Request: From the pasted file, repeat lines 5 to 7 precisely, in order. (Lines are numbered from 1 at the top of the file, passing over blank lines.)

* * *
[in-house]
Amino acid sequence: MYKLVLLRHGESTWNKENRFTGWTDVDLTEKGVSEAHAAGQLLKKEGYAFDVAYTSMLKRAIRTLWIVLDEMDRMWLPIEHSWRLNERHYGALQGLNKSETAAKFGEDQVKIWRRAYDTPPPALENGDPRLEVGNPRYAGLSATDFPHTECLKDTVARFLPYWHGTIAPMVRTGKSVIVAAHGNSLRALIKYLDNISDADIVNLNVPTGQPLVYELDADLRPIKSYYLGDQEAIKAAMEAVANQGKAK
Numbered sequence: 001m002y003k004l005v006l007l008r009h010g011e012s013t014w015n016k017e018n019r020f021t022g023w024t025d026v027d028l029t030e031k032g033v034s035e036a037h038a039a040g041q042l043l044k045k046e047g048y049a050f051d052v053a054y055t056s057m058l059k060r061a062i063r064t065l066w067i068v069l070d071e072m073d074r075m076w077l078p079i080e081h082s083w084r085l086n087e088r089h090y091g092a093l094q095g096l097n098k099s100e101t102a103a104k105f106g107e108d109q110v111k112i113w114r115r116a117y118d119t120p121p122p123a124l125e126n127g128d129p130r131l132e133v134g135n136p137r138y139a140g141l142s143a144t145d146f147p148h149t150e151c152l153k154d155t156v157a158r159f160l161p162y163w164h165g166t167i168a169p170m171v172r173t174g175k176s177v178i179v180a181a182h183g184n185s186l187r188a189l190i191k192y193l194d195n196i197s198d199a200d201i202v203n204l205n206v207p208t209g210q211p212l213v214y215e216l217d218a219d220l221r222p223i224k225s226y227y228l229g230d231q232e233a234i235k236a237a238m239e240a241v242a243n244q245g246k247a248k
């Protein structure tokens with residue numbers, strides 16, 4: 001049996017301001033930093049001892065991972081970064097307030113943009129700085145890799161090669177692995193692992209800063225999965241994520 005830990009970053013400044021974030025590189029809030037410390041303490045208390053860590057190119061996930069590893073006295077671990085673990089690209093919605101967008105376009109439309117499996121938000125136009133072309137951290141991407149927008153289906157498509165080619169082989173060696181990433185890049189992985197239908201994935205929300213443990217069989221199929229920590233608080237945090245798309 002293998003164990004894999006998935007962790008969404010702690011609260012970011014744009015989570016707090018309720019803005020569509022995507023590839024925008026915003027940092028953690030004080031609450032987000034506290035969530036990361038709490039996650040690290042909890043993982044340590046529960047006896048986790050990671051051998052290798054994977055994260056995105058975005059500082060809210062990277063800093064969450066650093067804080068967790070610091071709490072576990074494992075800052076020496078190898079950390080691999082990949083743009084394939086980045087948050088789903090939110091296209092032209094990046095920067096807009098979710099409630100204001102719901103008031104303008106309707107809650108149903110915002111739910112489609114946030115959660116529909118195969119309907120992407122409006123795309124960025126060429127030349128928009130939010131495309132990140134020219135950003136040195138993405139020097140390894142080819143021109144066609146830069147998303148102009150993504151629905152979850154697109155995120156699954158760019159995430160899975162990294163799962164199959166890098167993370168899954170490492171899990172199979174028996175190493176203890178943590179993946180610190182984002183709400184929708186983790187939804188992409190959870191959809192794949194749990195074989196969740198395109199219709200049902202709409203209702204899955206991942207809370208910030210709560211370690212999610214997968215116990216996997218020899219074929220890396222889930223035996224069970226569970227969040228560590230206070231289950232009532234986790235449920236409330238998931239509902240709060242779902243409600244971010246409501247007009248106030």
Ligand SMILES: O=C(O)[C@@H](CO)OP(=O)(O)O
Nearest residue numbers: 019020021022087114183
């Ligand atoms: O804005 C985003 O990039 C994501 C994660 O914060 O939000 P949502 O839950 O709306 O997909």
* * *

Ligand SMILES: O=C(O)[C@@H](CO)OP(=O)(O)O
Nearest residue numbers: 019020021022087114183
């Ligand atoms: O804005 C985003 O990039 C994501 C994660 O914060 O939000 P949502 O839950 O709306 O997909």